China’s version of SpaceX has successfully launched and recovered a rocket in a critical step toward developing reusable spacecraft. iSpace’s Hyperbola-2 methane-liquid oxygen rocket went up about 600 feet and then descended under power to a soft landing on its four legs. The 60-foot rocket is a test stage only and is used for evaluating the various guidance and navigation systems and the variable thrust Focus-1 engine that make it possible. iSpace is more formally known as the Glory Space Technology Ltd. and was created as a commercial entity to emulate Elon Musk’s SpaceX.

The Chinese government has set 2025 for the launch of a truly reusable rocket and has been using SpaceX and its Falcon 9 launch system as a model. iSpace called the test hop a “major breakthrough” that “signals the charge for China’s aerospace sector to catch up with the world’s most advanced levels in reusable launch vehicle technology.” SpaceX has been reusing Dragon rockets since 2015 and has logged more than 200 launches with boosters that had been previously launched.

Russ Niles
Russ Niles is Editor-in-Chief of AVweb. He has been a pilot for 30 years and joined AVweb 22 years ago. He and his wife Marni live in southern British Columbia where they also operate a small winery.


  1. I wonder how much of the technology was developed by China compared to given to them or taken by them from SpaceX? This technology should be protected and not leaked to enemy states.

  2. “China’s aerospace sector [is catching] up with the world’s most advanced levels in reusable launch vehicle technology.”

    If by “catching up” they mean emulating the techniques employed by other nations (and likely stealing some of that tech, too), then sure. But it will be interesting to see if they’re ever the first to develop a new technology that hasn’t already been developed elsewhere. And without using stolen information.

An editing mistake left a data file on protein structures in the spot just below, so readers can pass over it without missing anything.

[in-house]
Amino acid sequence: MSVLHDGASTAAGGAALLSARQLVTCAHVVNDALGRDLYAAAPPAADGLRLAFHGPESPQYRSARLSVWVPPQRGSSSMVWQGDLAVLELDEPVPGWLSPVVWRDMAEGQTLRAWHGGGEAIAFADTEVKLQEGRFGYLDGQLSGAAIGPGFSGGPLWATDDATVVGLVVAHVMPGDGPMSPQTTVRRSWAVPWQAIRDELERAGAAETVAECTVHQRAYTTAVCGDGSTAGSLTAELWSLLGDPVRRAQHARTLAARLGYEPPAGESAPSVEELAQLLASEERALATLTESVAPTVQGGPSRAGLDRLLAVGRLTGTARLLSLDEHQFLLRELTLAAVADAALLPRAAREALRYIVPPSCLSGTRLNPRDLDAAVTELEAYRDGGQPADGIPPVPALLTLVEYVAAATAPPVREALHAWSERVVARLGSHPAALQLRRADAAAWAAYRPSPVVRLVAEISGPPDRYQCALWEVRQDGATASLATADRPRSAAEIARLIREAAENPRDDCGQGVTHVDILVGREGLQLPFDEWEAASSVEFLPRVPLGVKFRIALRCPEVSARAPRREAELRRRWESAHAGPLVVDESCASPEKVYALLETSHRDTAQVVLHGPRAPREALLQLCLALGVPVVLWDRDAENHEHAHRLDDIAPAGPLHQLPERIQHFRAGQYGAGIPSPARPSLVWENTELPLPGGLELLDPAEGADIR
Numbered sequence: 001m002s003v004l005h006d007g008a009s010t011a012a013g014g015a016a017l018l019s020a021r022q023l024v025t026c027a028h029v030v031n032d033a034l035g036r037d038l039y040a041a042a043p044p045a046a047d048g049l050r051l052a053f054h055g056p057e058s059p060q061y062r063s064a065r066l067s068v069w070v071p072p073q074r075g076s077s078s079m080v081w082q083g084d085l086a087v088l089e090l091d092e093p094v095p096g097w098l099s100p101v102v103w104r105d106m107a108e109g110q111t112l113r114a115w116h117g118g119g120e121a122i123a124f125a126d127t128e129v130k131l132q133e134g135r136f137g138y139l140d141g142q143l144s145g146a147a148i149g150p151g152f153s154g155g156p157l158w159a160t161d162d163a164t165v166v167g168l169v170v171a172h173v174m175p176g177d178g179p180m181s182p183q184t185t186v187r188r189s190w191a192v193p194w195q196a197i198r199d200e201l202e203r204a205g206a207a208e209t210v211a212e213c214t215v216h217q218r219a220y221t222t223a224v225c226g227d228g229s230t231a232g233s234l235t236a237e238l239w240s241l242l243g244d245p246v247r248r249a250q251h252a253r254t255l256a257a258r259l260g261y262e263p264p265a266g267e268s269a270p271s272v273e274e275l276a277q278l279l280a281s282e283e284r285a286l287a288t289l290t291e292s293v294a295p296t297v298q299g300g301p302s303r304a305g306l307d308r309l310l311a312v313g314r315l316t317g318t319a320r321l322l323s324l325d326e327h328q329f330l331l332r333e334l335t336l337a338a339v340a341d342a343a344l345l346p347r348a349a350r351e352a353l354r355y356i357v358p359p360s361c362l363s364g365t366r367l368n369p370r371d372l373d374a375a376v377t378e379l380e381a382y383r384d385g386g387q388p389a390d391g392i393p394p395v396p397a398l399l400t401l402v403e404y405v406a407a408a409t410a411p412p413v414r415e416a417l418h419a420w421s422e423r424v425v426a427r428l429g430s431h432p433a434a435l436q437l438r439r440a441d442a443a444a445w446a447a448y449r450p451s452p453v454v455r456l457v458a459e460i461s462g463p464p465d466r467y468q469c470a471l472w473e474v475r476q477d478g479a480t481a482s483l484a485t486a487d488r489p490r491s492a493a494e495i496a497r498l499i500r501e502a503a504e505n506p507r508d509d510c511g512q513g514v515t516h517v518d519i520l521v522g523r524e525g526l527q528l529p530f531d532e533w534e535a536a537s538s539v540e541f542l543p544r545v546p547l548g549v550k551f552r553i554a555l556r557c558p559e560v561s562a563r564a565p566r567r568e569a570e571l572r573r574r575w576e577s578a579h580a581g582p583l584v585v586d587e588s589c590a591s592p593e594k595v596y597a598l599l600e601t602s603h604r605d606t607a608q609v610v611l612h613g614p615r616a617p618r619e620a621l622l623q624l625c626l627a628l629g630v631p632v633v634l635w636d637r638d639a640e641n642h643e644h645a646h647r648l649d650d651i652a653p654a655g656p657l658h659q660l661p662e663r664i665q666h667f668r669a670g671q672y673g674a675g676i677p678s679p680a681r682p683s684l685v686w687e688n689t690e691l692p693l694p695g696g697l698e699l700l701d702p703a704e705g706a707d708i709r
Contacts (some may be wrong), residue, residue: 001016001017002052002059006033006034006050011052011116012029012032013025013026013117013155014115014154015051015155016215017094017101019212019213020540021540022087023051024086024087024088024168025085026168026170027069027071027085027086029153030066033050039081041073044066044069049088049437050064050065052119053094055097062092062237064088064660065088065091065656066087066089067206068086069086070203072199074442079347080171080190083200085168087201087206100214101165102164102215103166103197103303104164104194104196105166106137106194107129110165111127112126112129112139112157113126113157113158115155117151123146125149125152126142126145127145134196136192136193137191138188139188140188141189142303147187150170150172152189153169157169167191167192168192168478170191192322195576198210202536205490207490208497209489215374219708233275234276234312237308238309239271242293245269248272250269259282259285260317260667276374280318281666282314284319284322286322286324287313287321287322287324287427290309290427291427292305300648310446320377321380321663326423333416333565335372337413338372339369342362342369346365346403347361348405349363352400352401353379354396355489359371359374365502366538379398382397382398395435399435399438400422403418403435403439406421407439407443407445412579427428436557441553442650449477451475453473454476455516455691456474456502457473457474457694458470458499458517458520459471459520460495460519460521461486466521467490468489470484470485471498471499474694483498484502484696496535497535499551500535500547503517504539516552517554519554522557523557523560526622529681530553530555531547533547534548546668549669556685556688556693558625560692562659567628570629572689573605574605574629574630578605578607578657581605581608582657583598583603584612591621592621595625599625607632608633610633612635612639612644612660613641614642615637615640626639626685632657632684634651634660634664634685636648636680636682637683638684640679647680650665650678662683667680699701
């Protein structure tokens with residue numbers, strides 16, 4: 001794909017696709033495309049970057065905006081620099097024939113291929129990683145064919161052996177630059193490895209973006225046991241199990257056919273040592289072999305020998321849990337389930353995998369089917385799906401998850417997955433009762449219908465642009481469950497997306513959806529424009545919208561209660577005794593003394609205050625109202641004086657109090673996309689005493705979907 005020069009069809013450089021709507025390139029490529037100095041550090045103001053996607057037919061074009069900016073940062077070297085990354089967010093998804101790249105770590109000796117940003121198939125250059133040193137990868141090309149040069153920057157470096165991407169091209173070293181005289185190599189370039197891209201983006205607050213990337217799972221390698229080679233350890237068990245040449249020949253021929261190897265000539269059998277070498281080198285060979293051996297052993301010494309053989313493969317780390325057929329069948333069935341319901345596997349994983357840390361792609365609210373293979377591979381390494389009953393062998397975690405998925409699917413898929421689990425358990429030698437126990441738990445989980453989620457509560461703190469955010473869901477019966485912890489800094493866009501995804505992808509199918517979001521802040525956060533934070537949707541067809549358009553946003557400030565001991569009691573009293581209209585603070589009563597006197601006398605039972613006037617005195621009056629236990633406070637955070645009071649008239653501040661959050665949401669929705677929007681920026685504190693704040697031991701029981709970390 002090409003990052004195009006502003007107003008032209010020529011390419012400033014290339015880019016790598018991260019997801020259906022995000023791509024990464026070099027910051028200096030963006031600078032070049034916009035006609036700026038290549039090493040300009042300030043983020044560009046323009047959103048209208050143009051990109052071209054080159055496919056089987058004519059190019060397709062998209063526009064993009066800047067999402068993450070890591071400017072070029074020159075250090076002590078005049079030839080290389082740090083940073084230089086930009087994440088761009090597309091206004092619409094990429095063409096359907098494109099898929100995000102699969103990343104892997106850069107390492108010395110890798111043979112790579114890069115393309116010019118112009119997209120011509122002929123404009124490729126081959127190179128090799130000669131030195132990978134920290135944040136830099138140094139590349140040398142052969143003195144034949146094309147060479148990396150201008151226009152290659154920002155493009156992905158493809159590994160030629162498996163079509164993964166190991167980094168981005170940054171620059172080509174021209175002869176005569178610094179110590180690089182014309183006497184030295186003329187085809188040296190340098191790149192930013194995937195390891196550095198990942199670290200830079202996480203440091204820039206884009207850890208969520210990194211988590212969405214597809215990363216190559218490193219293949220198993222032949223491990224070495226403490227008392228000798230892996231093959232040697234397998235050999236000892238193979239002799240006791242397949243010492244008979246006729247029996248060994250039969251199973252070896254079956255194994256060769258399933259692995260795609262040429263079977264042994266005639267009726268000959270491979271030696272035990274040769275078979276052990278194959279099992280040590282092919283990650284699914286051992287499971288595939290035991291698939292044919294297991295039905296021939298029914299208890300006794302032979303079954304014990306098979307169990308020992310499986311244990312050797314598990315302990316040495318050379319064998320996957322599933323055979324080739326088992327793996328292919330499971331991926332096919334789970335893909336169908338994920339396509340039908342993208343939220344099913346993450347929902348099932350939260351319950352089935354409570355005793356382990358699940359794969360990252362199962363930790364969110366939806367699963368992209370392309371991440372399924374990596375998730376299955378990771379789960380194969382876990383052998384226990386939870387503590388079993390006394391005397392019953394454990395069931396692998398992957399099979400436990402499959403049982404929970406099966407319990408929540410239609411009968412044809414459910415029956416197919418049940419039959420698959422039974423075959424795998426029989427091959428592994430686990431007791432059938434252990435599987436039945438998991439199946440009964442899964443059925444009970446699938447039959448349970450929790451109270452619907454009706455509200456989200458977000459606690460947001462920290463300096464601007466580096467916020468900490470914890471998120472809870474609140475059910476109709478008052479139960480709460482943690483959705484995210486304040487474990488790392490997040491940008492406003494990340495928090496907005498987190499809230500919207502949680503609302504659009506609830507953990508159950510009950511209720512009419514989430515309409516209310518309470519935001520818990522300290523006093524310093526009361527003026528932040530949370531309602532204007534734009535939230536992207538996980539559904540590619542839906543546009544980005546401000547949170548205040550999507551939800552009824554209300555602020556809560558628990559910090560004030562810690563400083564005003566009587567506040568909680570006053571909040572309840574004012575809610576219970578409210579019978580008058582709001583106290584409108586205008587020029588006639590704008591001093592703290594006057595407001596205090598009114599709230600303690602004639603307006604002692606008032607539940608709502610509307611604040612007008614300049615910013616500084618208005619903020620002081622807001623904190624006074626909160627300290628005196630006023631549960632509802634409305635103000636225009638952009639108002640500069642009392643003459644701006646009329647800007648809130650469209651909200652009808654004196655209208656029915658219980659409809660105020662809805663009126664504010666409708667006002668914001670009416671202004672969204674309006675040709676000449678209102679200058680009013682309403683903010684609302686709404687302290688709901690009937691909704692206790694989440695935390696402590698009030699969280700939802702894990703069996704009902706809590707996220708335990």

They certainly are a leader when it comes to stealing tech, though.

  3. Like it or not, once a technological advance is deployed as a product it’s pretty much “out there” for others even if all the details are not available to directly copy. Even the mere fact that a concept is shown to be unquestionably viable is enough to supercharge any similar development effort.

  4. Remember how “Buran” looked almost exactly like the Space Shuttle? Even down to the color of tiles, it was stolen technology. It is what “commies” do, kill your smart people and steal from those countries that don’t.

  5. I am amazed by comments that make automatically the Chinese a warmongering “enemy” whose technological achievements are gained solely through theft from its avowed “enemy”… the US. China accomplished all of this by killing its own smart people and steal from its enemies” their technology? That’s what “commies”do? Seriously? How do you design and build a superior system using someone else’s stolen technology? Do what they do…get what they get. That implies a stalemate not superiority.